Denzil Govender, who attended Dr AD Lazarus Secondary School, is hoping to study Information Technology.
Denzil Govender, who attended Dr AD Lazarus Secondary School, is hoping to study Information Technology.
Tyron Chetty has been forced to put his studies on hold due to lack of finance.
Tyron Chetty has been forced to put his studies on hold due to lack of finance.

Durban - With the matric results fresh off the press, thousands of matriculants will now focus on the next chapter of their lives.

This normally translates into university studies and a chance to edge closer to that dream job. 

But for many, tertiary level education is a luxury they simply cannot afford.

Of the 789289 pupils who wrote the National Senior Certificate examinations, statistics show that at least half will have no option but to seek employment.

Sadly, many youngsters will remain jobless due to lack of experience, high transport costs and poor social networks. 

Statistics also show the youth unemployment rate is double that of adults and those who battle most are matriculants from township or disadvantaged schools.

Tyron Chetty, 17, a matriculant from New West Secondary School, dreams of studying graphic design, but lack of finance has steered him towards trying to get a job in panel-beating or mechanics.

“Every decision I’ve made in life was to lead me to a career in graphic design. Even in school, my favourite subjects were graphic design and visual arts. I dabbled in a bit of drawing on the side.

“It makes me sad to think I am unable to further my studies in a career I am so passionate about. But I refuse to give up. I plan to find a casual job and hopefully save towards my education.”

Chetty said his dad was the sole breadwinner and because they are a family of six, every cent was accounted for. “My brother and sister, who are older, also sought employment after matric and I guess it’s now my turn.”

Chetty, who passed with a higher certificate, hopes to one day work at Unilever as a senior graphic designer.

Denzil Govender, 20, who matriculated with a bachelor’s degree pass at Dr AD Lazarus Secondary School, wants to study information technology but cannot afford the fees. He aims to work as a car salesman to earn the necessary funds to enrol.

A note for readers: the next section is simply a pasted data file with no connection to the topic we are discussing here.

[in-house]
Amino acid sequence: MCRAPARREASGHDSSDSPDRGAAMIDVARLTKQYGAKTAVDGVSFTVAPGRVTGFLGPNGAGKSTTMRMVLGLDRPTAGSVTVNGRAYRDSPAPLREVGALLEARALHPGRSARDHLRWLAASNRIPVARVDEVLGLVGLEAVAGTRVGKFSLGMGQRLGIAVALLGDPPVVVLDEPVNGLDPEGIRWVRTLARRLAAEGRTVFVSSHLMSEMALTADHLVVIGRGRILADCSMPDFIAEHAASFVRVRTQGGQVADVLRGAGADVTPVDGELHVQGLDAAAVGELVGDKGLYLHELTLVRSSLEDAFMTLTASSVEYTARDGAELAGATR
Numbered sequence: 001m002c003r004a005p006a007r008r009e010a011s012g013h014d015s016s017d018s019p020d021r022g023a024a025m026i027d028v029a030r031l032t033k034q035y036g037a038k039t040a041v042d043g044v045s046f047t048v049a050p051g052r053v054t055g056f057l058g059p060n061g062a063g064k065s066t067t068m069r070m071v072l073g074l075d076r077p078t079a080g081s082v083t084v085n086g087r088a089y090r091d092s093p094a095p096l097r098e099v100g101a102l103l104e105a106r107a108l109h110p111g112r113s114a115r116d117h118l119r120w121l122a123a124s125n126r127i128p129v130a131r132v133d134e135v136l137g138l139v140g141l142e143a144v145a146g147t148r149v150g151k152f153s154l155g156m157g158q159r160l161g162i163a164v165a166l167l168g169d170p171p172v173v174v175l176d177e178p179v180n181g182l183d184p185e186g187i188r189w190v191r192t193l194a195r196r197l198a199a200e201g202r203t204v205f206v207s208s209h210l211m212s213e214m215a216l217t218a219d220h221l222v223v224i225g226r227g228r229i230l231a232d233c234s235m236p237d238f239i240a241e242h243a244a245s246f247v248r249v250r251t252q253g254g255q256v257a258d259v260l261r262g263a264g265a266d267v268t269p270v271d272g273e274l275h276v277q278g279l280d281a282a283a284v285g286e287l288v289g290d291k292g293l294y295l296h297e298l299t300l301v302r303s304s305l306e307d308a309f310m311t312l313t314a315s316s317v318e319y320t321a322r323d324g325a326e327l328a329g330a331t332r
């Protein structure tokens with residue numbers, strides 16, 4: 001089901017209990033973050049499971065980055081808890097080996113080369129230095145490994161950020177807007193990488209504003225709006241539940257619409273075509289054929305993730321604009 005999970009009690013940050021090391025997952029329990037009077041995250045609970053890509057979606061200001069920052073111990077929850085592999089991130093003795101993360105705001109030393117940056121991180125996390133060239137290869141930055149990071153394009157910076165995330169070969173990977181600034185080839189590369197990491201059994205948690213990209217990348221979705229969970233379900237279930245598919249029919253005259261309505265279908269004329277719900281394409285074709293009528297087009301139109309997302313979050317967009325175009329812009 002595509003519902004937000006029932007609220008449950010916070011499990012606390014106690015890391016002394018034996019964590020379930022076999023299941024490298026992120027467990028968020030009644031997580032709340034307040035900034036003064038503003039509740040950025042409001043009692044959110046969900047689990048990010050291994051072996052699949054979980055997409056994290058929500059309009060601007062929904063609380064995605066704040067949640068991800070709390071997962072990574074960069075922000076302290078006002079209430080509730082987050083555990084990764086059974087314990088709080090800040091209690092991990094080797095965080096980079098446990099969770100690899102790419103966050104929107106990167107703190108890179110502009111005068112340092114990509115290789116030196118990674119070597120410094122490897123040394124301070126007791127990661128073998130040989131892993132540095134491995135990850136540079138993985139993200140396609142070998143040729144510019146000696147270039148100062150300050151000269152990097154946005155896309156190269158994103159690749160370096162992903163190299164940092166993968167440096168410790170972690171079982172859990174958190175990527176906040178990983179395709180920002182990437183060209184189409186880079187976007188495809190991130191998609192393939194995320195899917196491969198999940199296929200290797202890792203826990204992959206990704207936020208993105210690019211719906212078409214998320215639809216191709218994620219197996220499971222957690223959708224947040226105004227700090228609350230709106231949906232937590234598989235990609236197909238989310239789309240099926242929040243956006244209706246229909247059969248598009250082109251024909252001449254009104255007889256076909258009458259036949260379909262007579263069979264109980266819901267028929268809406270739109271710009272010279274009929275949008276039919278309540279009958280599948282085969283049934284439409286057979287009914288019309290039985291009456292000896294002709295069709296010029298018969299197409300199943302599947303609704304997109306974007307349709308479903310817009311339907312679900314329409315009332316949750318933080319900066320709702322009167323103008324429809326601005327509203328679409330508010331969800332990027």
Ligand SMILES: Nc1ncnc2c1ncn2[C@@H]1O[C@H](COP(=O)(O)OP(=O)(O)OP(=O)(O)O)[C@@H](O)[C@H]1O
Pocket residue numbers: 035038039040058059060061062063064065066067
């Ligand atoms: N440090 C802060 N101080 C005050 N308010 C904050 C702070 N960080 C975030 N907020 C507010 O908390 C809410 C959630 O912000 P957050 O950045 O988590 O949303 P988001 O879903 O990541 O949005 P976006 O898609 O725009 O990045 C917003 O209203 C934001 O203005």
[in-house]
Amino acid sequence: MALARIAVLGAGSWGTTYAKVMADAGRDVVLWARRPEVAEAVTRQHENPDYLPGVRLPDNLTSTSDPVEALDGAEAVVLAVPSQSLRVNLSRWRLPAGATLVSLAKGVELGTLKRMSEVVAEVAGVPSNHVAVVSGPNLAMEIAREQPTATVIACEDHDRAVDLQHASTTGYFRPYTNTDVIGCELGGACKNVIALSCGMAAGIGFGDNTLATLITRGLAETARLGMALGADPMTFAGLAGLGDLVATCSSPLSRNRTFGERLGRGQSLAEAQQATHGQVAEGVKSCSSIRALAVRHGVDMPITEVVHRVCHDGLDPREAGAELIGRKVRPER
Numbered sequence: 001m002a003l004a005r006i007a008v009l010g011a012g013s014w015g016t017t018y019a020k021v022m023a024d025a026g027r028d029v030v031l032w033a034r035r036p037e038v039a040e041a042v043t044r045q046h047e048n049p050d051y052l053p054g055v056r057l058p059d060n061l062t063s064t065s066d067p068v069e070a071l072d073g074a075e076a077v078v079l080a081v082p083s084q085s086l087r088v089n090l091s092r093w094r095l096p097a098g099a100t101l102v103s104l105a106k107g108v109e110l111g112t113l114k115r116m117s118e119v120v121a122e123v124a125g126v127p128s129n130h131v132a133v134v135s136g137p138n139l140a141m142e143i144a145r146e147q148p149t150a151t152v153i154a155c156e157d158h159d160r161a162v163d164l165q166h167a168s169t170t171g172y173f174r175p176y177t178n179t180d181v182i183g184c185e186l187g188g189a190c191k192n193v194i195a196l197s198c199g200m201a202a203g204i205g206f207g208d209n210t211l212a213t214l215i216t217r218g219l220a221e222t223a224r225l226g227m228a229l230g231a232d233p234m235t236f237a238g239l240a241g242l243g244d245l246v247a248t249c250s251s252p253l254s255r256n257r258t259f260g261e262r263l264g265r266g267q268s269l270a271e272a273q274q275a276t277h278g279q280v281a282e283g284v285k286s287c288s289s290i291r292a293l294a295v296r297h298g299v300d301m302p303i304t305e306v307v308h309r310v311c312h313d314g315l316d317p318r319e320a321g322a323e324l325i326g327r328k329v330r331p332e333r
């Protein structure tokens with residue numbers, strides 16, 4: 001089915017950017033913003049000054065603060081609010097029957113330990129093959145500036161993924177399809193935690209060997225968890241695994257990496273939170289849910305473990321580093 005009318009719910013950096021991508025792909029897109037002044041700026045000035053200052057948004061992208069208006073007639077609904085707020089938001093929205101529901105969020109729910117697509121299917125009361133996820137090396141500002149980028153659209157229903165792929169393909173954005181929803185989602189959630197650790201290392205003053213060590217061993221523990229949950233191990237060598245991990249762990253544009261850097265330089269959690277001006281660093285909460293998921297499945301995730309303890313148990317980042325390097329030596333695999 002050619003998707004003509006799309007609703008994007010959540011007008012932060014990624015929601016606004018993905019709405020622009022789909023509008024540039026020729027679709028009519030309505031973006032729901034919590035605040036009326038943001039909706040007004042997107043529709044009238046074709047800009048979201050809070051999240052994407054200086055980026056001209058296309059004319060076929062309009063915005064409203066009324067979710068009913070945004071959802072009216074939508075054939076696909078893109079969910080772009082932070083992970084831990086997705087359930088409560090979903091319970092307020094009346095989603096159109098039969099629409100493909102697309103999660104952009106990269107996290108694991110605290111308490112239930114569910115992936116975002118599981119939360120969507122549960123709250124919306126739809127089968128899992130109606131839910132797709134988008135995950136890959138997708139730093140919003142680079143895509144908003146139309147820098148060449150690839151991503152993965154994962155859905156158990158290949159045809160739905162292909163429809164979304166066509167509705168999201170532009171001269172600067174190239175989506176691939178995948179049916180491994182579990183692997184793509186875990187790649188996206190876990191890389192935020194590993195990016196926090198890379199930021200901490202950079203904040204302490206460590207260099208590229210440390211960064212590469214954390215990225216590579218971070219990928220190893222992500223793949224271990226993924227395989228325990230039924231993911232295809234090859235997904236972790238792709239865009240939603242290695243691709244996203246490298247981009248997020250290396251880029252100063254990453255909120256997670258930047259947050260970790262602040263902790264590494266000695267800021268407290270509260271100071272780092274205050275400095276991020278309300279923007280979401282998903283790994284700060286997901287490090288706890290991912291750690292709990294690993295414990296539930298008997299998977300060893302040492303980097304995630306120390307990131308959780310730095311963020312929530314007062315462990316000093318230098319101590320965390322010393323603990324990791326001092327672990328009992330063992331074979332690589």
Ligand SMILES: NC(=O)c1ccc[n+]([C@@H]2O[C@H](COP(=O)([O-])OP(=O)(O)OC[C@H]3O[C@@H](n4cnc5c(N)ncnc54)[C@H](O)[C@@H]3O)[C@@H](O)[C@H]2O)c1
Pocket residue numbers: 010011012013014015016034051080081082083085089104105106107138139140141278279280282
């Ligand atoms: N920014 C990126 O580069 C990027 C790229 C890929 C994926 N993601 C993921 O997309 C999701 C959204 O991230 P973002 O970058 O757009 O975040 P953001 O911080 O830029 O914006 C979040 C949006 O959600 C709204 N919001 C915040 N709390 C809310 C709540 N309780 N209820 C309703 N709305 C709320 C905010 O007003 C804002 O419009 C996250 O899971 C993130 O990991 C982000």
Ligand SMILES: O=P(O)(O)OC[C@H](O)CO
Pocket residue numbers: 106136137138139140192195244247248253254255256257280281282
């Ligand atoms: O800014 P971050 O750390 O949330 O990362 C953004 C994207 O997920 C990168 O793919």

“I understand that life isn’t easy but I’m willing to work hard for what I want. I will maybe take a year off to save and concentrate on my studies next year.”

Cindy Norcott, CEO of the recruitment agency Pro Appointments, said school leavers and those without the finance to further their tertiary studies would have difficulty finding employment. Companies, she said, normally looked for skilled candidates.

She suggested job seekers do temporary work, apply for internships or volunteer to help kickstart their careers.

“Experience is more important than money. Don’t be too proud to take a job such as waitering or working in a call centre, while you look for a job. This shows you are humble and willing to start at the bottom.

“Using your network, friends, family and contacts can also be effective. Junior candidates should consider doing partnerships. Register on all the relevant job portals and consider doing temporary work.”

She said the little money earned from casual jobs could be used to take short courses in the relevant field of study.

Norcott added that jobs in IT, accounting and engineering are in demand.

“It is hard to get a job through an agency without a qualification as most of our clients come to us for skilled people. I would encourage candidates to look into doing a short course, add to their computer skills and recommend they register with many agencies and put their CVs on several job portals.”

She said CVs should be kept to a maximum of three pages for a junior candidate.

“Don’t lie or exaggerate your skills. Use spell check. Never say you are looking for any job or are desperate. You need to have a positive attitude, a good work ethic, a reasonable salary expectation as well as decent marks and a good track record of previous jobs.

“You also need good references. Agencies want stable candidates with good track records, no criminal records, clean credit records and evidence of dedication. Agencies also check skills, so they want candidates to be honest about their skills, abilities and experience.”

Norcott said that before an interview, candidates should research the company, dress to impress, arrive early and get clear directions.

“Also have a few questions prepared for the interview to show you are interested in the position.”

Harambee Youth Employment Accelerator, a non-profit social enterprise, has been working on tackling youth unemployment for the past six years. 

They have successfully helped over 45000 first-time work seekers, who would otherwise have been locked out of the formal economy, find employment.

The organisation’s Jennifer Kann said: “Now that the 2017 matric results have been released, our experts are available nationally to discuss ‘you have a matric, now what?’.”

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